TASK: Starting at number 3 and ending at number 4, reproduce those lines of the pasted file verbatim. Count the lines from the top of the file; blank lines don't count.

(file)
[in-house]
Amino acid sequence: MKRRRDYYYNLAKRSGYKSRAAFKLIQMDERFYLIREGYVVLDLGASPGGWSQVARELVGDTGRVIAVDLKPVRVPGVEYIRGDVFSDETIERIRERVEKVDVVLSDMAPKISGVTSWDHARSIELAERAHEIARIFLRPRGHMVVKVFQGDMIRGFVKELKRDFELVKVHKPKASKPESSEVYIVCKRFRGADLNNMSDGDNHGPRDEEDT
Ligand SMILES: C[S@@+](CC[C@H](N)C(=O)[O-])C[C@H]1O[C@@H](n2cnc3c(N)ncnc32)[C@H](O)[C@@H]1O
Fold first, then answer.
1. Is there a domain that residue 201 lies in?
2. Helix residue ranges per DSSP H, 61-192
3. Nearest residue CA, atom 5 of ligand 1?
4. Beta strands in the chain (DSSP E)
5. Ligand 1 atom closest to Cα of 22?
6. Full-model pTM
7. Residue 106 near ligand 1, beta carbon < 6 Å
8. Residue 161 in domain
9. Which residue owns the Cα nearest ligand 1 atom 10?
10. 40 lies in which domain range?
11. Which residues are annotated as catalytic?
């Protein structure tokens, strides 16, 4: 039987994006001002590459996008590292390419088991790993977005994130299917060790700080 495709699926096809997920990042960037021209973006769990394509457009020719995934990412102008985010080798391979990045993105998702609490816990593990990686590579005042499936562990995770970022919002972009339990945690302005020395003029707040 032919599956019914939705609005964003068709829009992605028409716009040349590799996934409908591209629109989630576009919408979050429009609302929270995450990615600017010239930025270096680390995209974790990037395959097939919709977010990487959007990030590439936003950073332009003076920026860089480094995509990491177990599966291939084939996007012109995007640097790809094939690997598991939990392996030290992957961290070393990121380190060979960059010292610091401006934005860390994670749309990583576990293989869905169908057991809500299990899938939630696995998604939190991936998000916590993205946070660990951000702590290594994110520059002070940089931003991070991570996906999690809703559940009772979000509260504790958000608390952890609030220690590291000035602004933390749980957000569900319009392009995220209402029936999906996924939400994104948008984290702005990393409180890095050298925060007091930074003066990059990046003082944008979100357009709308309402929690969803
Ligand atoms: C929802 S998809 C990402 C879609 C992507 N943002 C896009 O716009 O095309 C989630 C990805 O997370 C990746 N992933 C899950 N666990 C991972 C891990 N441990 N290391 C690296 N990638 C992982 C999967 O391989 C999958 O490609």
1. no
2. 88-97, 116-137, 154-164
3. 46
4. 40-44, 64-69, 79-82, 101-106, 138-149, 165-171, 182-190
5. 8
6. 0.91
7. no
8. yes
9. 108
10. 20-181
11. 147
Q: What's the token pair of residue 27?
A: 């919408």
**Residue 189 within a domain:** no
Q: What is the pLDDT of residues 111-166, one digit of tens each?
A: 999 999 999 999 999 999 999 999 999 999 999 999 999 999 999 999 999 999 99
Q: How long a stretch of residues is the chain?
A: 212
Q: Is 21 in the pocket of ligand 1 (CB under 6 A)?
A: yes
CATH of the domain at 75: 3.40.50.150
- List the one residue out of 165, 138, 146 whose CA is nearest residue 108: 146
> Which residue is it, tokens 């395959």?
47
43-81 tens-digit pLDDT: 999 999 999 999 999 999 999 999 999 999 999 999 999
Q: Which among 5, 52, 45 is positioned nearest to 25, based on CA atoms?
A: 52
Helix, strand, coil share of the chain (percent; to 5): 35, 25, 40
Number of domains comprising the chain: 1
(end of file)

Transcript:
Ligand SMILES: C[S@@+](CC[C@H](N)C(=O)[O-])C[C@H]1O[C@@H](n2cnc3c(N)ncnc32)[C@H](O)[C@@H]1O
Fold first, then answer.